The city of Florence suffered two ‘sventramenti’ (disembowelments) in the last 150 years of its life. The first was when Florence became temporary capital of Italy in 1865 prior to the capture of Rome in 1870. The mediaeval and renaissance centre of the city was considered too undignified for the temporary capital of a newly united kingdom and much of the mediaeval centre including the old market and ghetto areas were deemed unsanitary and demolished. (Those who thought it was a good idea to destroy a good third of the city’s ancient palaces and churches used the word risanamento – ‘restoration to a healthy condition’). In the place of a beautifully mediaeval medley of alleys (now only to be viewed as drawings in the ‘Firenze Com’era’ museum) rose a square which one superior person I’ve met stated must be avoided at all costs. It certainly should be if one considers town-planners as arch-enemies of civilized social living and in this respect I would condemn so many of those misdirected civic architects who have torn the heart out of too many British cities to glorify their social engineering aims. (Look no further than Birmingham or Nottingham).
At one end of this Piazza della Repubblica is a sort of pompous triumphal arch with the following self-important inscription on it:
L’antico centro della città da secolare squallore a vita nuova restituito
(the ancient centre of the city restored to new life after centuries of squalor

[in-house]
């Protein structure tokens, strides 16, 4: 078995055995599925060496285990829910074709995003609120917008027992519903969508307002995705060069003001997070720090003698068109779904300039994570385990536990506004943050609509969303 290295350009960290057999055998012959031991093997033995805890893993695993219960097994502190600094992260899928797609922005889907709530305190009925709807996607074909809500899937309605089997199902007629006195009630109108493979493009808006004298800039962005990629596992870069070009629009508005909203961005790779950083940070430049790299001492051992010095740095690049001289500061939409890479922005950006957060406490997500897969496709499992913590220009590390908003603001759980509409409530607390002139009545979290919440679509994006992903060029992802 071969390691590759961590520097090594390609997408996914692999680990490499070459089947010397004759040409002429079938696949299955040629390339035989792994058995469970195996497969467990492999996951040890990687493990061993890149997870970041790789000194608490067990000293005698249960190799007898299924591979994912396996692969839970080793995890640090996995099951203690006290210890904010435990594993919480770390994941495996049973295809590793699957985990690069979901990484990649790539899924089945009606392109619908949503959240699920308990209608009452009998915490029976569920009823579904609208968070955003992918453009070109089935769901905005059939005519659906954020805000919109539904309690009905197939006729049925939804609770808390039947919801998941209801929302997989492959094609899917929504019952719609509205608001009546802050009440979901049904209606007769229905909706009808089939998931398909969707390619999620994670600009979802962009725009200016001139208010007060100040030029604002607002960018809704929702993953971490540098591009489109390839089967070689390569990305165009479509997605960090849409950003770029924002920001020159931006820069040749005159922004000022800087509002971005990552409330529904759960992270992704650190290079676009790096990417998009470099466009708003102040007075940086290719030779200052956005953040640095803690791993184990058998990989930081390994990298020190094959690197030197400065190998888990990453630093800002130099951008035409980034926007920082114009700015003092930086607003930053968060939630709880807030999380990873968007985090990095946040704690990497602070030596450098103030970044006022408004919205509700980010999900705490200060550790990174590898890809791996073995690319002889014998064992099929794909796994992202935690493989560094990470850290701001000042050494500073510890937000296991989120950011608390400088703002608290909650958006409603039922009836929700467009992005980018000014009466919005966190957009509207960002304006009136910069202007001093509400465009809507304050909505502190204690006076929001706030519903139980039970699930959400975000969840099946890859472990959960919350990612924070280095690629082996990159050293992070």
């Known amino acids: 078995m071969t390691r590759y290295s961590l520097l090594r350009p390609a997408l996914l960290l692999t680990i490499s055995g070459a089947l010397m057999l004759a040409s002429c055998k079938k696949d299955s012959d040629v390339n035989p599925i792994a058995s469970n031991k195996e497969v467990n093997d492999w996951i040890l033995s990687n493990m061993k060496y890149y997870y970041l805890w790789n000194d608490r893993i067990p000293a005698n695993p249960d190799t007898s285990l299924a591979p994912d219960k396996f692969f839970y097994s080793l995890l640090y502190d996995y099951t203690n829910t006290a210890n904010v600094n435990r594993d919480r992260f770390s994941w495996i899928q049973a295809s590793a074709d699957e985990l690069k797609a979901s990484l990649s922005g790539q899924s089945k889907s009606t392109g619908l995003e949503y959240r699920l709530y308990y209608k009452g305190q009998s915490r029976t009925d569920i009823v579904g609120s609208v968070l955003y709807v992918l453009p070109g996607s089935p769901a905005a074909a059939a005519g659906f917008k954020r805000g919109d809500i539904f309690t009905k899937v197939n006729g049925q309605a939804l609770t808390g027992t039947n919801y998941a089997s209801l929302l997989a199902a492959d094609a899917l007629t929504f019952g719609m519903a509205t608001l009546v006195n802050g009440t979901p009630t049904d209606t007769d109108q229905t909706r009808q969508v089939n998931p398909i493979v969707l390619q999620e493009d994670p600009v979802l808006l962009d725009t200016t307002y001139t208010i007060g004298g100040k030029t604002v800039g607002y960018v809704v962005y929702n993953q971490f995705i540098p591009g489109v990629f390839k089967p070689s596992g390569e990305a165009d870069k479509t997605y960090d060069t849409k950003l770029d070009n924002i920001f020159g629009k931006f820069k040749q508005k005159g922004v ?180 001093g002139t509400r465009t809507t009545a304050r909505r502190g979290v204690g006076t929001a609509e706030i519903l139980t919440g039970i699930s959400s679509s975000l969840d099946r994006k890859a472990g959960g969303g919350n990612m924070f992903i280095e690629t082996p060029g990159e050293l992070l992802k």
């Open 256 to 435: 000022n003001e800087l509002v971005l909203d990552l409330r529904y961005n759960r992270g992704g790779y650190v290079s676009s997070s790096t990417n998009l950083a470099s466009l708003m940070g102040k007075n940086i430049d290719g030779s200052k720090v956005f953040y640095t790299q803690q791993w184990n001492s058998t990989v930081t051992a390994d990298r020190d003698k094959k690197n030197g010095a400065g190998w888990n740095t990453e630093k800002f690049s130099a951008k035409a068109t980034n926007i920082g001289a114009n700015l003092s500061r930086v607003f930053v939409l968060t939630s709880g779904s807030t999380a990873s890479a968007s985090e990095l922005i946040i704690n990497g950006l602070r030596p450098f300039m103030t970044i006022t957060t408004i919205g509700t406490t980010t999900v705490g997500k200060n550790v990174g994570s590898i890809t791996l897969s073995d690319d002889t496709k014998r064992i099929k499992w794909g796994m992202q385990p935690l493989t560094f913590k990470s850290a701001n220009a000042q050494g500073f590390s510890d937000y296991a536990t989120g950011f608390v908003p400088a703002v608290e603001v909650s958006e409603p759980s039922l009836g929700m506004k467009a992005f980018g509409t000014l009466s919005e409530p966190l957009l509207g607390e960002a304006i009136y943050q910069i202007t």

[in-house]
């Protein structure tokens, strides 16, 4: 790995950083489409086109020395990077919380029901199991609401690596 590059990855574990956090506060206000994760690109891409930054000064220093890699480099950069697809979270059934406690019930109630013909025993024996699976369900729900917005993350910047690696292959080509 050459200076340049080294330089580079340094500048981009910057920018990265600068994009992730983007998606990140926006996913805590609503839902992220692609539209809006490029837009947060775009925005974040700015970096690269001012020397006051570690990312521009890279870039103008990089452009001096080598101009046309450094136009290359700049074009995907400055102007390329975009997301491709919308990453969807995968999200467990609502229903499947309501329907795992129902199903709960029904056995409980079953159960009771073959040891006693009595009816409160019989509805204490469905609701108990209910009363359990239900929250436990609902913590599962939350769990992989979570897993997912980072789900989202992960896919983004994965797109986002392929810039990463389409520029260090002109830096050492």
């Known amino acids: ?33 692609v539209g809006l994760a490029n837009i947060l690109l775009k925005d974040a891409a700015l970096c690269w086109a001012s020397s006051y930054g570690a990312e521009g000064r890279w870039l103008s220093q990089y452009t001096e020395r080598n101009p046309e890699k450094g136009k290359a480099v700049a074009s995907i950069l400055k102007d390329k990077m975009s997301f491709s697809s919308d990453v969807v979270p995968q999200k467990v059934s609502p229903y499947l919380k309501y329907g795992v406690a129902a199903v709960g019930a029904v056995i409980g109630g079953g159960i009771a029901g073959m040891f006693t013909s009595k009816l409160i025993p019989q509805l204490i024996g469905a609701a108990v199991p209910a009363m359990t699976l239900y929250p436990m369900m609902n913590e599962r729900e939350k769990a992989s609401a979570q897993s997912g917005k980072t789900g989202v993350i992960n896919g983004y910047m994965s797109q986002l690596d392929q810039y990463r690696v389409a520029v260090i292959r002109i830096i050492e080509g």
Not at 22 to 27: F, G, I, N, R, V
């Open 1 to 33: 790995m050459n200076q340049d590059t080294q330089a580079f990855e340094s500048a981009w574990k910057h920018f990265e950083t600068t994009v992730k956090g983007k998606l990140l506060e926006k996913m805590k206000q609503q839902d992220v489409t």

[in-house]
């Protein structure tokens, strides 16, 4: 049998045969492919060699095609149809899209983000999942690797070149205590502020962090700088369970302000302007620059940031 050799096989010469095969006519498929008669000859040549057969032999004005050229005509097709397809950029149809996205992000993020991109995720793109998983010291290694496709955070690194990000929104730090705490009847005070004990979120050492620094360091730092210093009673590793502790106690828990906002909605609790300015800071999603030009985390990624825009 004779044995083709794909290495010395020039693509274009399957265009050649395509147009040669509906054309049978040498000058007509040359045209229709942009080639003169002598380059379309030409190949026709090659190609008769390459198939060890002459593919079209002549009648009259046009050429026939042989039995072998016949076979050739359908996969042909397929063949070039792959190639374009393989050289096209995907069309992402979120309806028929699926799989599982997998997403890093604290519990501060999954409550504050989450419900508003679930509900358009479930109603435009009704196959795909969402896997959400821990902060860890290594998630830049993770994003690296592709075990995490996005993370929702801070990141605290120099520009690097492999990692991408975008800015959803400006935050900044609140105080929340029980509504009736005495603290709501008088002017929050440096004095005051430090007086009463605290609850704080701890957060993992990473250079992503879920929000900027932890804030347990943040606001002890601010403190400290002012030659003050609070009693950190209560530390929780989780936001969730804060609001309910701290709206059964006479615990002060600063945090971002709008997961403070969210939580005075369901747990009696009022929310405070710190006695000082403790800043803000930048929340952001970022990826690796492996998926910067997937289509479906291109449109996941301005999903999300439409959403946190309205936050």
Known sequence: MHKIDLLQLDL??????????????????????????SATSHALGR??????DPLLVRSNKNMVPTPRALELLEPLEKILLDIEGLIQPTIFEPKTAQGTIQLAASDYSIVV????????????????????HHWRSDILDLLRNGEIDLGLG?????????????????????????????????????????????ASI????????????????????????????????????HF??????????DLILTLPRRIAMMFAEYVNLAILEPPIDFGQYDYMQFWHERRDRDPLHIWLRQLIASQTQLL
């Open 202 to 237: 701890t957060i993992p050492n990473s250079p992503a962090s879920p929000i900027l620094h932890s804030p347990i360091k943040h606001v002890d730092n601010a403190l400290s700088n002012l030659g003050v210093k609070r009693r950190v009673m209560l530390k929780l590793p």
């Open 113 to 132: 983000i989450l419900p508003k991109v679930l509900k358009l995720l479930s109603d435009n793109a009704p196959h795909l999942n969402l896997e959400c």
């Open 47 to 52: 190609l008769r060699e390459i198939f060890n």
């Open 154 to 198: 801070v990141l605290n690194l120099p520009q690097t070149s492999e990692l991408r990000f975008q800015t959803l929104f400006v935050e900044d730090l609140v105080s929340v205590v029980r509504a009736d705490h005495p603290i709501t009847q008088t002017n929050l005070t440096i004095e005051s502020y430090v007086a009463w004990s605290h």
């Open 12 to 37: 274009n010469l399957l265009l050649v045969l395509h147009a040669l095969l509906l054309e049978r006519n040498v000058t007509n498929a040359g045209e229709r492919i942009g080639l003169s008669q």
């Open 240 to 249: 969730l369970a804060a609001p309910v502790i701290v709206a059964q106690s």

The second sventramento took place in the last year of the Second World war when the Germans in a mistaken attempt to save the Ponte Vecchio from being blown up (they’d blown up all the other bridges in the meanwhile to stop the allied advance) decided to destroy the adjoining mediaeval quarters both to the south and the north of the bridge to create a mountain of unpassable rubble. This was actually a lot worse than blowing up the bridge which was, anyway, too narrow to admit the larger military hardware. So, again, Florence lost another good fraction of its mediaeval heritage including some irreplaceable towers.
Anyway, the square the snooty person wished to avoid at all costs turned out to be, surprisingly, one of the highlights during our recent trip to Florence at Epiphany-time since several vintage cars were on show in its centre.
There was a classic Fiat Balilla, first produced in 1932 and incorporating luxury-car features at a more modest price. Giacosa, the designer of our own Fiat Cinquina, took part in the development of this classic car:
There was what I like to call Maigret’s car: the Citroen Traction Avant (front wheel drive) produced from 1934 to 1957 and one of the first cars to have a monocoque (i.e. combined body and chassis) construction.
There was a brilliant Ferrari sports dating from 1951.
This Cadillac surely was constructed before any oil crisis or ecological issues. A truly back-to-the-future car!
There were several other delectable cars including a Ghia-designed Fiat 600.
The presence of these magnificent and magnificently kept machines certainly did a lot to raise the appeal of Florence’s most unappealing square in our eyes! See how many others you can recognize. (No prizes offered).